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Cyber Security - Checklist

Cyber Security - Checklist

Source: GCHQ, BIS & CPNI (Executive Companion, 10 Steps to Cyber Security) 2012

Cyber Security

Did you know? Yahoo, Google, eBay and AOL, some of the world's largest organisations have all fallen victim to cyber-attacks and 'lost' their customer details. The Institute of Risk management states that:

Cyber Risk means any risk of financial loss, disruption or damage to the reputation of an organisation from some sort of failure of its information technology systems.

Don't worry though, just by implementing some good habits you can avoid becoming a victim.

  1. Protect data that leaves your organisation with your staff. Most organisations large or small have staff that work from home or out in the field so it is important to train and protect them well from cyber-risk. Create baseline security to all IT and mobile devices to protect data with passwords and create a specific policy in your handbook for mobile workers to adhere to. Complement this with staff training and refreshers to keep standards high.
  2. Train your staff. Not just mobile workers but office based staff need training to help protect your IT network. Even the largest organisations can suffer from virus or malware as they are being written and used by cyber criminals just as fast as the antivirus software is updated. Ensure that even the most junior member of staff is aware of a virus threat; after all they are most likely the ones who would naively open a suspect email attachment.
  3. Create a back-up plan. Inevitably there will be a breach at some time within your organisation so make sure you have a manager or team in charge of handling it as quickly as possible. Get them specialist training to produce a disaster recovery plan and make sure it includes reporting the incident to the Police.
  4. Develop a robust Information Risk Management Regime. Ensure that cyber-risk is part of your overall risk management system and produce supporting risk management policies.
  5. Control & manage access to confidential data. The less people who have access to data the less the risk of it being unintentionally disclosed. Create a hierarchical password structure that limits user privileges and build in second user authorisation practices to maintain this. Try and keep ADMIN level users to a bare minimum.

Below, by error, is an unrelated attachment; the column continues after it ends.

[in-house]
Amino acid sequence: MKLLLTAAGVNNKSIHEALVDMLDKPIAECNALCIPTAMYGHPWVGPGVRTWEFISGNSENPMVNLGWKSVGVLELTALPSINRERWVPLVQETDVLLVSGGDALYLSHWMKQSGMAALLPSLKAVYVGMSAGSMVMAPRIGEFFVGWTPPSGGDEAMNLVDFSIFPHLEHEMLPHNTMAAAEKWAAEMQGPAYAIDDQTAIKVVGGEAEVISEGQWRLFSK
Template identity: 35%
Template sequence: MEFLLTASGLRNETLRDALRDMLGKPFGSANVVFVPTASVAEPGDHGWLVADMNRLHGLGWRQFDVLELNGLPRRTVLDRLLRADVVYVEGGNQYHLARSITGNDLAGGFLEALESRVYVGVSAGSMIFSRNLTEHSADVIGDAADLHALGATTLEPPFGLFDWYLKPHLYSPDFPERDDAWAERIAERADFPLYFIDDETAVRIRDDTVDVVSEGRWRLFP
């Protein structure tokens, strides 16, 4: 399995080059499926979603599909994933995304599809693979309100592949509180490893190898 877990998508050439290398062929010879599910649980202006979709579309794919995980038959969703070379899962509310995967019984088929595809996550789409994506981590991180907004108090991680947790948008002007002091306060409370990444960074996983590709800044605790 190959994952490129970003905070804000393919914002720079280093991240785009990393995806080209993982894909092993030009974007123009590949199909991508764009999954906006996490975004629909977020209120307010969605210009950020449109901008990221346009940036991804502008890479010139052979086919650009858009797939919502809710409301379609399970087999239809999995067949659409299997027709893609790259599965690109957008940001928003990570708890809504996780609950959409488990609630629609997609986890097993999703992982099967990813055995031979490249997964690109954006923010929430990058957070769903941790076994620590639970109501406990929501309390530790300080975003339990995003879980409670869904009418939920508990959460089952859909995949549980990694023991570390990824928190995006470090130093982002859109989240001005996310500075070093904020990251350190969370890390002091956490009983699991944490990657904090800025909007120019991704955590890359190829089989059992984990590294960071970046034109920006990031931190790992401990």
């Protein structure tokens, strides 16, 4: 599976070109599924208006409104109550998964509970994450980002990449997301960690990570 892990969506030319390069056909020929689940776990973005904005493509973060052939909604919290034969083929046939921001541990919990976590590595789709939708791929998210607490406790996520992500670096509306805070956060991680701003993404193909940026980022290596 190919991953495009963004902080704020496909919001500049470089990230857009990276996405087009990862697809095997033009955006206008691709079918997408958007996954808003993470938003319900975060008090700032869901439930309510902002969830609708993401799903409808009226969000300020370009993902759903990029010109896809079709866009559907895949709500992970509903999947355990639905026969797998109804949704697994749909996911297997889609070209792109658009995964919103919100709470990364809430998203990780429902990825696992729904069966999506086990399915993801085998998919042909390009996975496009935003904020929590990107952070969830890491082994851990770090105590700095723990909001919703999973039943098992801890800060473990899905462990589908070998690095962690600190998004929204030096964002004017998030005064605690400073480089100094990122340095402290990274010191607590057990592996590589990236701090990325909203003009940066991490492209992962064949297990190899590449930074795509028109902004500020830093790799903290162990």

6. Control usage and scan USB, card and other flash drives or mobile media. Produce a policy to control your staff usage of mobile media storage and limit their types and use. Scan all media for malware before importing on to corporate system.
  7. Keep on monitoring your security measures. Create a schedule to analyse your IT system and networks for unusual activity that could indicate and attack. Make this someone's role and implement a monitoring strategy and policies for when they are on leave so the schedule can be maintained by another member of staff.
  8. Keep Secure Configurations. Build into your schedule the continuous update of security patches, making sure all your existing PCs and devices are updated as well as newly introduced hardware. Use an Asset log to help with this procedure.
  9. Keep scanning for Malware. Establish anti-malware defences that are relevant to all your business functions and keep scanning for malware across the organisation.
  10. Maintain high standards of Network Security. Use firewalls and specialist hardware to keep your network's perimeter robust to filter out unauthorised access and malicious content. Monitor and test these security controls regularly.

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These 10 steps will help prevent attacks but of course cannot ensure the protection against all attackers. You will need to tailor them to suit your organisation and the environment it operates in. In terms of both hardware and staff, it is vital to identify threats, manage risks, create anti cyber-crime policies and uphold and update them regularly.

Having even the most basic system security in place can prevent a large amount of cyber-attacks, but this won't stop them all. The technology to protect against cyber risks also needs to be managed, it is important to recognise what the companies most valuable assets are, such as confidential information and intellectual property. Identify any risks to the company's information assets, such as the people who have access to the information and the type of people who might want to target that information from the outside. Always plan for the worst case scenario, so if a cyber-attack occurs the company can recover quickly and effectively, assess how and why the attack occurred and prevent it happening in the future.

Insurance is always important in the event of a cyber-attack and can help cover the costs, but insurance can't protect you from a damaged reputation. Having the technology in place to protect you from a cyber-attack in the first place is very important, but cyber risks aren't just a concern for the IT department, organisational and human factors are just as important, educating staff in the correct procedures and potential risks can be highly effective in preventing an internal breach of security.

Source: GCHQ, BIS & CPNI (Executive Companion, 10 Steps to Cyber Security) 2012

Article Posted: 18/09/2019 13:51:43

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